A woman and a child walk across a field in Bangladesh with some goats in tow.
The SDC is working to ensure that the poorest population groups in rural areas have fair access to land and other natural resources. © IFAD/G.M.B.Akash

Just as in high-income countries, agricultural land in low- and middle-income countries is in increasingly short supply. Infrastructure, urban expansion and investments in large-scale farms are encroaching on land previously used by smallholders. Broad-based regulations are necessary to ensure fair access to land and other natural resources, especially for poorer population groups in rural areas. The SDC is committed to establishing such regulations at the national, regional and global levels.

The SDC's focus

The SDC works to ensure equitable access to land and other natural resources such as water, especially for poorer population groups in rural areas. As well as being vital to sustain life, they also act as important productive resources for smallholder farmers. Land law determines whether and how the right to use and control land, fisheries and forests can be exercised. Guaranteeing the right to use and own land is key to combating poverty and hunger.

With the aim of reducing poverty and hunger in poorer sections of the population, the SDC supports governments in the development, implementation and oversight of fair and transparent land use policies that recognise all existing rights of use, including individual, collective and customary rights.

At the same time, the SDC encourages the participation of all stakeholders in drawing up such principles and supports local communities and farmers' organisations so that they are able to exercise their land use rights. For the SDC, the inclusion of the private sector in such processes is of high priority.

At the global level, the SDC has participated actively in the creation and implementation of a set of targeted regulations that promote a just tenure and land management policy and establish criteria for responsible investment in agriculture.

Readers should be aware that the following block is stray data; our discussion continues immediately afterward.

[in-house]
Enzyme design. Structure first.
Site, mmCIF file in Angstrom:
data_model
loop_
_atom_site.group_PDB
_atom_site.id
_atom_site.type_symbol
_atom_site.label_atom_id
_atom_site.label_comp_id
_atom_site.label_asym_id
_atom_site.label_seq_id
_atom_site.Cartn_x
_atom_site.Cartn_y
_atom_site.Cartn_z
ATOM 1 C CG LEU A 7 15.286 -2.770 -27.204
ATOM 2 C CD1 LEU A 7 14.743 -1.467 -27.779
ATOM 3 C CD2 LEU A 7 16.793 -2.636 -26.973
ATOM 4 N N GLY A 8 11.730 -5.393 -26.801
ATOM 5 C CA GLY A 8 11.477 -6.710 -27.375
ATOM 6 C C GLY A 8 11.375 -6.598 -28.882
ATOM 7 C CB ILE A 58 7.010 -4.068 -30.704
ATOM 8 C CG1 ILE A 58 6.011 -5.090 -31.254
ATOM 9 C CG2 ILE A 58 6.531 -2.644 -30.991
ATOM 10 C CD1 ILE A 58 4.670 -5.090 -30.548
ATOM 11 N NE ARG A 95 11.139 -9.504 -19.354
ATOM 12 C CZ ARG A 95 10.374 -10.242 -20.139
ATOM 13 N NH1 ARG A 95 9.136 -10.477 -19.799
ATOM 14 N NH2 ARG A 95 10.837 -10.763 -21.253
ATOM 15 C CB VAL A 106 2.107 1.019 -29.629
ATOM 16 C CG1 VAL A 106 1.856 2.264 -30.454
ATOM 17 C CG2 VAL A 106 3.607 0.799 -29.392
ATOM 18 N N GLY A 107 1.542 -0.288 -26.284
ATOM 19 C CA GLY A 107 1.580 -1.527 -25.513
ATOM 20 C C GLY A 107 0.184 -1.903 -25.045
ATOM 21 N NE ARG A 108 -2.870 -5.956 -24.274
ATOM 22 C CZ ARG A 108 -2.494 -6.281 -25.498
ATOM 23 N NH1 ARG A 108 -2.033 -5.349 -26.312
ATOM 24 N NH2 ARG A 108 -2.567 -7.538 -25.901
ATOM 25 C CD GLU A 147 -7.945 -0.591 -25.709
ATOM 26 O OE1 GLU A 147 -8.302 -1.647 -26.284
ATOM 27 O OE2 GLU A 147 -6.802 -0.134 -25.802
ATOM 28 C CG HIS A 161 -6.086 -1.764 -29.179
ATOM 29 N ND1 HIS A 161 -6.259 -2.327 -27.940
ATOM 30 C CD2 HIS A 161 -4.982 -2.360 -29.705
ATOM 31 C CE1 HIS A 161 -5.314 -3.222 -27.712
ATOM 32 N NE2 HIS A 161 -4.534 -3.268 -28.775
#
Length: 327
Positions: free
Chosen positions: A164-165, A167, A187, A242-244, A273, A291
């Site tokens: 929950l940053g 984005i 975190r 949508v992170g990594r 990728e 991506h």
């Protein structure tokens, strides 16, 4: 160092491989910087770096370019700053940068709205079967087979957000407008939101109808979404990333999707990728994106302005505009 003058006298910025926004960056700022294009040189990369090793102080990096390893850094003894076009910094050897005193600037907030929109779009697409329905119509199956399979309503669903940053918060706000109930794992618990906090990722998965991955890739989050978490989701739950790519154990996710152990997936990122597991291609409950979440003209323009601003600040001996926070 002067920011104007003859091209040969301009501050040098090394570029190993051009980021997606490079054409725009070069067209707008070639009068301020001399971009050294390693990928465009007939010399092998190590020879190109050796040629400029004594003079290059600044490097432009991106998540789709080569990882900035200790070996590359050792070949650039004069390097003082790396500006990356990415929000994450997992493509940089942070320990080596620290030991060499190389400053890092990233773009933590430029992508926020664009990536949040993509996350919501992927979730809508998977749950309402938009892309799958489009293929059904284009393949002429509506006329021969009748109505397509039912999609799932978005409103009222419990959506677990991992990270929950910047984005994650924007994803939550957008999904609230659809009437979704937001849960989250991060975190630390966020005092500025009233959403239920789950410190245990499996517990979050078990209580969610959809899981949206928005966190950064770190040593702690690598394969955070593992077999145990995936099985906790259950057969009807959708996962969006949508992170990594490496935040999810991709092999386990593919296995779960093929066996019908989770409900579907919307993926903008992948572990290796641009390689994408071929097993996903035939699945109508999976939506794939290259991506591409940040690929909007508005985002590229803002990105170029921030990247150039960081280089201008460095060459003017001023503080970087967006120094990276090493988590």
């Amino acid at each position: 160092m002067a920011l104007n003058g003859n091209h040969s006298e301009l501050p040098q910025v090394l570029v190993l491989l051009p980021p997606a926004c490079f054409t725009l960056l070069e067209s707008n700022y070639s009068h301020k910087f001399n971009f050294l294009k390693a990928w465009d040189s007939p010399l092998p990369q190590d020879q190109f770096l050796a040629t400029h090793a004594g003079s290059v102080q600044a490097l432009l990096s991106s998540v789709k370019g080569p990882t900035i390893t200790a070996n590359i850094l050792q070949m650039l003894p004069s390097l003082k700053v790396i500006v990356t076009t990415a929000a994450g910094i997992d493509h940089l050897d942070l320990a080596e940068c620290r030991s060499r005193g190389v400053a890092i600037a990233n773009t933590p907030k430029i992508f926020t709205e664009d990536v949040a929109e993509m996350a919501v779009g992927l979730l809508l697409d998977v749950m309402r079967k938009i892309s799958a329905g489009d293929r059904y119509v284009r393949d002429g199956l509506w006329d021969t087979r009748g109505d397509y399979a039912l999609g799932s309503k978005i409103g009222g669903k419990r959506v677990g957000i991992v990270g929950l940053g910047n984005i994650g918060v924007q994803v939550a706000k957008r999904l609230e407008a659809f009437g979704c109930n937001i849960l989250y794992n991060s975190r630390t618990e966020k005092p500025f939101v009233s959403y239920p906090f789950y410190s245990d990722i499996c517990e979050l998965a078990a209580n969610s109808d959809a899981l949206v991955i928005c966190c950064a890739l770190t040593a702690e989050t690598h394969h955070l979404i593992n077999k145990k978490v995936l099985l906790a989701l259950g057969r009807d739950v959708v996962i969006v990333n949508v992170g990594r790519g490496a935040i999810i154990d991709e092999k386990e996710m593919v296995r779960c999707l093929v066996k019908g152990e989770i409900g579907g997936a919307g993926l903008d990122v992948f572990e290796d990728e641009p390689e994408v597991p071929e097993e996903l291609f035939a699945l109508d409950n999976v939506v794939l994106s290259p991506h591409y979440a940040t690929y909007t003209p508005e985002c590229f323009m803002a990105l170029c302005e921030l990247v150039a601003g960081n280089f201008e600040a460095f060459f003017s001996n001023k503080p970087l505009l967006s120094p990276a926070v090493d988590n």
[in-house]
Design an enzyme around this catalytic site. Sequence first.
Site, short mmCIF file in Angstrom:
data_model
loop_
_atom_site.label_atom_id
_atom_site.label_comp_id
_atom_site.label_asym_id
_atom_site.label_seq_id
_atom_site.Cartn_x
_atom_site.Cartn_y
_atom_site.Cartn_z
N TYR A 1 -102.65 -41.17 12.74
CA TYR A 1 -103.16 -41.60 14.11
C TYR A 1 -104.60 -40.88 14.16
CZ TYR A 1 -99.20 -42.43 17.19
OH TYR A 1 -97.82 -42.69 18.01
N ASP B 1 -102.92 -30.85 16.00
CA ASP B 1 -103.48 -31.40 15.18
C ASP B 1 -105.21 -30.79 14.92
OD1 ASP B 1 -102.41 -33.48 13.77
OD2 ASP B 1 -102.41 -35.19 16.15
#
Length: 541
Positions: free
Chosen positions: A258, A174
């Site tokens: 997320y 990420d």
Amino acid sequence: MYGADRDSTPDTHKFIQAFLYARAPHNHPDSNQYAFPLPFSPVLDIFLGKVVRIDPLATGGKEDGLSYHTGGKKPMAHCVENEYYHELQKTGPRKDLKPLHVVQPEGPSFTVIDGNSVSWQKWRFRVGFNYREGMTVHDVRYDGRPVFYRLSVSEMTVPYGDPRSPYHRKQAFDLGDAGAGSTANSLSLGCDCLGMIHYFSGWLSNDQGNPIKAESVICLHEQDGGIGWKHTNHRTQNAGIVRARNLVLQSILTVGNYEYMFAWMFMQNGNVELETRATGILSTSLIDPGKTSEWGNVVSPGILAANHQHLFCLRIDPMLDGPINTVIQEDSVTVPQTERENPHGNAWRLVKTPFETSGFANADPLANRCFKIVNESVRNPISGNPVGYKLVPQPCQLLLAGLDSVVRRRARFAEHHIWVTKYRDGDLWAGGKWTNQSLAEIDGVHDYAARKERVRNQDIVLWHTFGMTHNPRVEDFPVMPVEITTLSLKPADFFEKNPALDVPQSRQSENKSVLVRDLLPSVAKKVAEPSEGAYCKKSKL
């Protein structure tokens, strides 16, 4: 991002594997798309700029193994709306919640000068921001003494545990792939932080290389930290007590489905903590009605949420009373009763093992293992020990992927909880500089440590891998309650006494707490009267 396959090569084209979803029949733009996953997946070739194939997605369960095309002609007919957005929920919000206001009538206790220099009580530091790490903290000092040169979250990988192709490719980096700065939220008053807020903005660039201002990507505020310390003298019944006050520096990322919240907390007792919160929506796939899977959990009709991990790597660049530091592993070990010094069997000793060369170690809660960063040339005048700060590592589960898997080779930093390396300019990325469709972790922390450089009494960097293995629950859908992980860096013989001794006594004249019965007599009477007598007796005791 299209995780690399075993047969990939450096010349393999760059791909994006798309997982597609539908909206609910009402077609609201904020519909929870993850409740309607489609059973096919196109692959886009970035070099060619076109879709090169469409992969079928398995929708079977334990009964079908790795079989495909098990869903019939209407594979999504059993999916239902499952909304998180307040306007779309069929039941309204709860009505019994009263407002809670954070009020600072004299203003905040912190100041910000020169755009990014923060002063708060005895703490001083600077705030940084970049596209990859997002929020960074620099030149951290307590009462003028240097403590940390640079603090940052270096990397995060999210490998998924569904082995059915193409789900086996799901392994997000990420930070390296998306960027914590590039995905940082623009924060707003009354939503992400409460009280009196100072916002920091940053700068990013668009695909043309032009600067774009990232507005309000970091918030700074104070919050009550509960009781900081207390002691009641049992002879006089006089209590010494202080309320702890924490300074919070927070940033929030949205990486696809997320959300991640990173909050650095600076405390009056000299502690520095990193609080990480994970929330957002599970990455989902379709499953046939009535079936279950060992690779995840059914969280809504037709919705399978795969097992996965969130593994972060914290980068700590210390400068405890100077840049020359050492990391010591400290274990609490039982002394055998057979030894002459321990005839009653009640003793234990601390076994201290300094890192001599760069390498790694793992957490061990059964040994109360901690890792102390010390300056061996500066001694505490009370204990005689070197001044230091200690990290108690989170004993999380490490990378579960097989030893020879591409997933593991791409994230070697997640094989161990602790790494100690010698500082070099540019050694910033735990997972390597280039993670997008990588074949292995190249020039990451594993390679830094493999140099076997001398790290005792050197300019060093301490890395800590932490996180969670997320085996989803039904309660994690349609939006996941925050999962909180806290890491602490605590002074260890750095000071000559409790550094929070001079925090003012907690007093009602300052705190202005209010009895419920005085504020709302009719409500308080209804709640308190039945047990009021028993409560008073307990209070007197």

Guidelines and principles on the responsible governance of tenure

As a member of the Bureau of the United Nations Committee on World Food Security (CFS), Switzerland was instrumental in developing the current UN Voluntary Guidelines on the Responsible Governance of Tenure of Land, Fisheries and Forests in the Context of National Food Security in 2012. Over the next two years, Switzerland led negotiations on a set of Principles for Responsible Investment in Agriculture and Food Systems, intended to complement the Guidelines. In 2014, it brought the process to a successful conclusion with the adoption of the Principles. Together with other states, private sector organisations, civil society and UN agencies, the SDC is actively involved in implementing these Guidelines and Principles. This lays the foundation for securing land use rights for all and enabling investments into better production methods.

The SDC also supports implementation of the African Union (AU) Framework and Guidelines on Land Policy in Africa, adopted in 2009, which pledges to ensure equitable access to and the efficient and sustainable use of land. To this end, the SDC works closely with the African Land Policy Centre, which is directly responsible for implementing the AU Framework and Guidelines. The SDC also broadens and strengthens the expertise of the relevant decision-makers and public officials in order to improve the assessment of land-related investment contracts.

Background

Approximately 70% of the more than 800 million chronically undernourished people in low- and middle income countries countries live in rural areas, the majority growing crops or rearing livestock. For them, security of access to land and other natural resources is especially important. Equally important is secure access to land for the rapidly increasing urban population, both for housing and for growing food in small gardens (urban agriculture).

Investments in land can have a major adverse impact on the food security of local communities. The legitimate call for increased investment in agriculture often focuses on the economic dimension, leaving aside social and environmental issues. As a result, such investments often restrict access to land and other natural resources such as water. Moreover, they contribute to reducing biodiversity in agriculture and threaten fragile ecosystems. In many cases, serious human rights violations occur.